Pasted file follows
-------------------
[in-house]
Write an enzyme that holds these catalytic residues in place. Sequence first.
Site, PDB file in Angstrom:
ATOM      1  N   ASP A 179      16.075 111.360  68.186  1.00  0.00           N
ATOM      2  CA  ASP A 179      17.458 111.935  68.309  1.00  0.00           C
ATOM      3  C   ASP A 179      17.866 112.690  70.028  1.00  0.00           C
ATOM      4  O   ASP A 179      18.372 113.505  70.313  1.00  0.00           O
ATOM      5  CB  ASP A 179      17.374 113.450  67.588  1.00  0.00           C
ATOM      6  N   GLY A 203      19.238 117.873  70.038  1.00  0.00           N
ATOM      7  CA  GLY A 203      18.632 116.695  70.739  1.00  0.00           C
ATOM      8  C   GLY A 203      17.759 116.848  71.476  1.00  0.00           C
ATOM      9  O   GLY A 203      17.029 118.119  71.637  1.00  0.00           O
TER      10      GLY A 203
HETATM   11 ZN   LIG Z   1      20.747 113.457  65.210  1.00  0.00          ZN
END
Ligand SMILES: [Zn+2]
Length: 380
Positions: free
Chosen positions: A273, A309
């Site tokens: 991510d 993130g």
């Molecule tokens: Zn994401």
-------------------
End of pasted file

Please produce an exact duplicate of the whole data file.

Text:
[in-house]
Write an enzyme that holds these catalytic residues in place. Sequence first.
Site, PDB file in Angstrom:
ATOM      1  N   ASP A 179      16.075 111.360  68.186  1.00  0.00           N
ATOM      2  CA  ASP A 179      17.458 111.935  68.309  1.00  0.00           C
ATOM      3  C   ASP A 179      17.866 112.690  70.028  1.00  0.00           C
ATOM      4  O   ASP A 179      18.372 113.505  70.313  1.00  0.00           O
ATOM      5  CB  ASP A 179      17.374 113.450  67.588  1.00  0.00           C
ATOM      6  N   GLY A 203      19.238 117.873  70.038  1.00  0.00           N
ATOM      7  CA  GLY A 203      18.632 116.695  70.739  1.00  0.00           C
ATOM      8  C   GLY A 203      17.759 116.848  71.476  1.00  0.00           C
ATOM      9  O   GLY A 203      17.029 118.119  71.637  1.00  0.00           O
TER      10      GLY A 203
HETATM   11 ZN   LIG Z   1      20.747 113.457  65.210  1.00  0.00          ZN
END
Ligand SMILES: [Zn+2]
Length: 380
Positions: free
Chosen positions: A273, A309
């Site tokens: 991510d 993130g």
């Molecule tokens: Zn994401």